Clean the fideos of their filth, and when they are well-cleaned put a very clean pot on the fire with good fatty hen's broth or mutton broth that is well-salted; and when the broth begins to boil, cast the fideos into the pot with a piece of sugar; and when they are more than half cooked, cast goat or sheep milk into the pot with the hen's broth or mutton broth; or instead of that, almond milk, for that can never be lacking; and cook everything well together, and when the fideos are cooked, remove the pot from the fire and let it rest a little while; and prepare dishes, casting sugar and cinnamon upon them; but as I have said in the chapter on rice, many say that with pottages of this kind which are cooked with meat broth that one should not cast in either sugar or milk, but this is according to each one's appetite; and in truth, with fideos or rice cooked in meat broth, it is better to cast good grated cheese upon the dishes.

If you would make boiled dumplings, #119, Sabina Welser’s Cookbook

Then take chard, as much as you like, some sage, marjoram and rosemary, chop it together, also put grated cheese into it and beat eggs therein until you think that it is right. Take also cinnamon, cloves, pepper and raisins and put them into the dumpling batter. Let the dumplings cook, as one cooks a hard-boiled egg, then they are ready.

A German recipe for soft eggs noodles or dumplings with herbs and spices.

Spritzgebackenes, #82, Sabina Welser’s Cookbook

Then take one third quart of milk and let it boil and take wheat flour, as if you were making steamed buns, and take six or eight eggs and beat them in one after the other until the dough becomes very soft and put through a pastry bag and fry it slowly.

More German dumplings/pasta, only fried instead of boiled.

Popularity wanes?

Kasha noodles and dumplings are included in late 16th Century Russian cuisine.11 Yet, there do not seem to be any mention of any pasta dishes in deLaVarenne’s The French Cook, Markham’s The English Hous-wife, or any of the other European Renaissance period cookbooks other than the Italian ones. What happened? Did flour become too expensive, or did pasta go out of vogue in England and France?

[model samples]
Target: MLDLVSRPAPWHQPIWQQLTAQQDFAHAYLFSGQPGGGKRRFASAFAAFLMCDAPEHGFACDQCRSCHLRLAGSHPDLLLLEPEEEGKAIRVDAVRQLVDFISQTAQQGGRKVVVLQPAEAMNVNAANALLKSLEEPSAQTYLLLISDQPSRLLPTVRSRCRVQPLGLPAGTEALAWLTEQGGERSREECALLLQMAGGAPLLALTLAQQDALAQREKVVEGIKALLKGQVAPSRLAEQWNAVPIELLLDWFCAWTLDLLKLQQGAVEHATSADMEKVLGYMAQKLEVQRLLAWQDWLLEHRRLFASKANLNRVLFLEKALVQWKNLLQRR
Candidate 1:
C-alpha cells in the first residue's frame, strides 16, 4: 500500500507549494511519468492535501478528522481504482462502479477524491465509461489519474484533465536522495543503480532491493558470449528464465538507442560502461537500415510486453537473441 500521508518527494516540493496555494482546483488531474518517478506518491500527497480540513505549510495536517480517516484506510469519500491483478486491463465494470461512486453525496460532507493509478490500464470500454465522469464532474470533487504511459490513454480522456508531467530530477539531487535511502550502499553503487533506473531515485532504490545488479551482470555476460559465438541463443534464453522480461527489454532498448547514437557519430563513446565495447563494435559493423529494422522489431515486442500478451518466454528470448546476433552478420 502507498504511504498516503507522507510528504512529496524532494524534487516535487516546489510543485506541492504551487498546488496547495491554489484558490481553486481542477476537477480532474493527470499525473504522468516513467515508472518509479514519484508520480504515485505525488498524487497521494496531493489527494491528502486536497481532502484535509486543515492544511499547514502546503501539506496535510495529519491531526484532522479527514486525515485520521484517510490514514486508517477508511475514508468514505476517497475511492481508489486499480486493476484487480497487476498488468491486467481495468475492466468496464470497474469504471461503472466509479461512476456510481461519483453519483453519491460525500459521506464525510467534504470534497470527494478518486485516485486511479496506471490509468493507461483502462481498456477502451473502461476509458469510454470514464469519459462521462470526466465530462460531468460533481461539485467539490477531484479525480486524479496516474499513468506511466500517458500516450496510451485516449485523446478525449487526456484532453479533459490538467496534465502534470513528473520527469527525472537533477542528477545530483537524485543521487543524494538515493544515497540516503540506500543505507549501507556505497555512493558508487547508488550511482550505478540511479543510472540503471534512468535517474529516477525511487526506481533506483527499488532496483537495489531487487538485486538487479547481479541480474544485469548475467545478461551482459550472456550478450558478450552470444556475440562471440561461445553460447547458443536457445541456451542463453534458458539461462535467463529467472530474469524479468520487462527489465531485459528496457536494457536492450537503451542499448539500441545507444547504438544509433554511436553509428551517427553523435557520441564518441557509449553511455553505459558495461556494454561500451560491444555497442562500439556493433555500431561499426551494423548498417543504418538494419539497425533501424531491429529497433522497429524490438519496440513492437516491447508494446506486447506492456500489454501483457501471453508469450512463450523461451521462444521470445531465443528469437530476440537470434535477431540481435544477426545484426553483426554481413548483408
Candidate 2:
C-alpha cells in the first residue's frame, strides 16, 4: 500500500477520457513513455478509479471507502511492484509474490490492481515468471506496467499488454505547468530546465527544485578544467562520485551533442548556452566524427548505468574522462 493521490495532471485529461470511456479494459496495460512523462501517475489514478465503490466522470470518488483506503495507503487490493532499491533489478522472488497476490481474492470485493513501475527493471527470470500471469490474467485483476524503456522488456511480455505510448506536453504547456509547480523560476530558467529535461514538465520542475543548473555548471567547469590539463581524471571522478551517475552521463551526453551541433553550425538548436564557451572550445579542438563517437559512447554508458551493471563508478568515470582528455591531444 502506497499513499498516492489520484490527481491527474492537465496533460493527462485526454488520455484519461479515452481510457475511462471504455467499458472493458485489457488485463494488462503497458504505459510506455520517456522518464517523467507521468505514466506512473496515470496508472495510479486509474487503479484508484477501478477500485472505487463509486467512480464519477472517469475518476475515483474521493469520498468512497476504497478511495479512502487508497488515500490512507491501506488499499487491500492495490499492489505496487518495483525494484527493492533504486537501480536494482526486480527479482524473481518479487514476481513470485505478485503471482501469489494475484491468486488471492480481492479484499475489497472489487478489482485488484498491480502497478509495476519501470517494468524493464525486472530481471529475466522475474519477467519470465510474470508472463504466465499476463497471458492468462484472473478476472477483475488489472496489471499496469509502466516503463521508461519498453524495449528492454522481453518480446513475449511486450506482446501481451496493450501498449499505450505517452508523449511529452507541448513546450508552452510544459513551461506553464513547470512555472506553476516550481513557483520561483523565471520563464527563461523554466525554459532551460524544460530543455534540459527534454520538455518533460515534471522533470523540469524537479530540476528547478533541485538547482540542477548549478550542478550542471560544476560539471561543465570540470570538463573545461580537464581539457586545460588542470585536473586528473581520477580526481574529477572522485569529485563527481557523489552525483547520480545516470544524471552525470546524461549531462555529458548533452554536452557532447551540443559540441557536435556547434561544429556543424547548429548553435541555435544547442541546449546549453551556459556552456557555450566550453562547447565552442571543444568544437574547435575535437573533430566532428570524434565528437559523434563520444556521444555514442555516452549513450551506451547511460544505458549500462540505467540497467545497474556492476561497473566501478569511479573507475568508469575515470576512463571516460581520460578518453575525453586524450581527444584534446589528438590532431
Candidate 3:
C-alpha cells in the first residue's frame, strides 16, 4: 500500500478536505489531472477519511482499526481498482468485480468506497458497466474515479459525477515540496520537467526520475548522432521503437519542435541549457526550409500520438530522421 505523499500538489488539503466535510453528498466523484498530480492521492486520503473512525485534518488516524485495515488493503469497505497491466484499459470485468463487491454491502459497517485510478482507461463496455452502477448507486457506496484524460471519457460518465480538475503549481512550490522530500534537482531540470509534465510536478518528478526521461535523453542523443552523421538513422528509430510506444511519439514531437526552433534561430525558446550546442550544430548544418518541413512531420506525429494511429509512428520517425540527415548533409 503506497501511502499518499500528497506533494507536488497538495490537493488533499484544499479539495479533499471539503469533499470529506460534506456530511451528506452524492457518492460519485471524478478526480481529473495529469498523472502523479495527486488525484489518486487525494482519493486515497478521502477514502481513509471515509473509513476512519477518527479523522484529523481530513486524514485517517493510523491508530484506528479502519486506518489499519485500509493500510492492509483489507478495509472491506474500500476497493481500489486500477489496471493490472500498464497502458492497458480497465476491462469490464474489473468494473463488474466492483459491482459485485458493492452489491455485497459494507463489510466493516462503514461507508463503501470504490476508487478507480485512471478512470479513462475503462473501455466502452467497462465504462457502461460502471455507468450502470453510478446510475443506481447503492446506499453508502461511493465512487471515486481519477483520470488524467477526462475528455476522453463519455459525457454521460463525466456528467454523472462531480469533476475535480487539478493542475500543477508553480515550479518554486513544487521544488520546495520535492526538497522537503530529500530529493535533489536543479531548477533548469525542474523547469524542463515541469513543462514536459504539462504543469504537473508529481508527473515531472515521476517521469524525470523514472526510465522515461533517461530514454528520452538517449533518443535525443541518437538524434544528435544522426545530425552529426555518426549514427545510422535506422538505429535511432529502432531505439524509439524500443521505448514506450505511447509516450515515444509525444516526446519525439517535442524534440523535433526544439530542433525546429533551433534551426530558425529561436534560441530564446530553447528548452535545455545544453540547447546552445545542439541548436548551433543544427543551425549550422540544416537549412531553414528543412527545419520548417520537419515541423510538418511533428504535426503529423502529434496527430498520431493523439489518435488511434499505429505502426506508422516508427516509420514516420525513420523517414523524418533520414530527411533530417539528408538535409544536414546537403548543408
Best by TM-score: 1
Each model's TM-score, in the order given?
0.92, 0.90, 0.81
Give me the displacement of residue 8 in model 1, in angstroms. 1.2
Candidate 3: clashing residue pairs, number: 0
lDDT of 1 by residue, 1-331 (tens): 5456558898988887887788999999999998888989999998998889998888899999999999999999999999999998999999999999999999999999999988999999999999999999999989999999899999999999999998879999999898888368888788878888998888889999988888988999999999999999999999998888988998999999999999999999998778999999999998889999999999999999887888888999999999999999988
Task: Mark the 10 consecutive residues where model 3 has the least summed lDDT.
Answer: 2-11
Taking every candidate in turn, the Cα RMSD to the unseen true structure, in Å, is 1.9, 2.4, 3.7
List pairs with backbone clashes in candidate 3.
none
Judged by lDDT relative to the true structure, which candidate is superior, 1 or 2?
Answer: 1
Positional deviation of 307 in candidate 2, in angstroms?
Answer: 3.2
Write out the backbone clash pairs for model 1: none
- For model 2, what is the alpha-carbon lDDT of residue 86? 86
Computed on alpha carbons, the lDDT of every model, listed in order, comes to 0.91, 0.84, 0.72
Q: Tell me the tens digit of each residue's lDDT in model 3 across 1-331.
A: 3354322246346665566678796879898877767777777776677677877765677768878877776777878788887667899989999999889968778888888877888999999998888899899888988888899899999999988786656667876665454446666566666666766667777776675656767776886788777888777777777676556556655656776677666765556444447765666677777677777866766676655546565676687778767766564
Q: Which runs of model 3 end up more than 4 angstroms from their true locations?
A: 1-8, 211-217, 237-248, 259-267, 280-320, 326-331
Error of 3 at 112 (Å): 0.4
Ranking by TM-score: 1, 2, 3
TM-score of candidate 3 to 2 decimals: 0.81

Ken Albala posits that by the 16th Century, pasta was one of many dishes (porridges, beans, etc.) that pther Europeans were beginning to consider as foods of the poor rather than of nobility – symbols of poverty, not wealth...12


Dembinka, Maria, Food and Drink in Medieval Poland: rediscovering a cuisine of the past, University of Pennsylvania Press, 1999.

The Domostroi: Rules for Russian Households in the Time of Ivan the Terrible, translated by Carolyn Johnston Pouncy, Cornell University, 1994.

Grant, Mark, Galen on Food and Diet, Routledge, London, 2000.

Grant, Mark, Roman Cookery: Ancient Recipes for Modern Kitchens, Serif, London, 2000.

Hieatt, Constance, An Ordinance of Pottage: An Edition of the Fifteenth Century Culinary Recipes in Yale University’s MS Beinecke 163, Prospect Books, 1988.

Hieatt, Constance, Pleyn Delit: Medieval Cookery for Modern Cooks, 2nd Edition, University of Toronto Press, 1976, 1997.

Redon, Odile, et. al., The Medieval Kitchen; Recipes from France and Italy, University of Chicago Press, Chicago, 1998.

Renfrow, Cindy, Take A Thousand Eggs or More: A Collection of 15th Century Recipes, 1991.

Santich, Barbara, The Original Mediterranean Cuisine: Medieval Recipes for Today, Chicago Review Press, 1995.

Scully, Terence, The Art of Cookery in the Middle Ages, Boydell Press, 1995.

Scully, Terence, Early French Cookery, University of Michigan Press, 1995.

Tannahill, Reay, Food In History, Stein & Day, 1973.

Sabina Welser’s Cookbook, translated from Das Kochboch der Sabina Welserin, Valoise Armstrong, 1998.

Wheaton, Barbara Ketcham, Savoring the Past, Touchstone, 1983.

Pasta graphic from A Feast for the Eyes,

For some wonderful new translations of six Italian sources, please see

Translated 2003 by Lady Helewyse de Birkestad

College of Three Ravens, February 26, 2005

©Chris Adler-France 2005

Katja at Thescorre dot org

1 Food in History, pg. 280.

2Pg. 580.

3“Laganon: a type of small cake, dry, made from the finest wheat flour and fried in a frying pan in olive oil. Lagana is the ancient equivalent of pasta, described by Anthenaus as 'both thin and light'.” Roman Cookery, pg. 65.

4Galen on Food and Diet, pg. 165.

5Food and Drink in Medieval Poland

6Platina, On Right Pleasure and Good Health, Book VII.

7The Orginal Mediterranean Cuisine, pg. 28.

8The Medieval Kitchen, pg. 13.

9“The standard way of cooking pasta was in stock, or in water with salt, butter, and oil; it was served with grated cheese, and sometimes spices as well… Alternatively, pasta could be cooked with sugar and almond milk, or with goat's milk. Fresh pasta was used to make ravioli and tortelli, which were filled with a thick puree of meat, chicken, or vegetables, often combined with fresh cheese and bound with egg. Like other forms of pasta, these were usually cooked in stock and accompanied by grated cheese.” The Orginal Mediterranean Cuisine, pg. 29.

10 The Original Mediterranean Cuisine, pg. 20.

11The Domostroi.

12Eating Right in the Renaissance, pg. 192.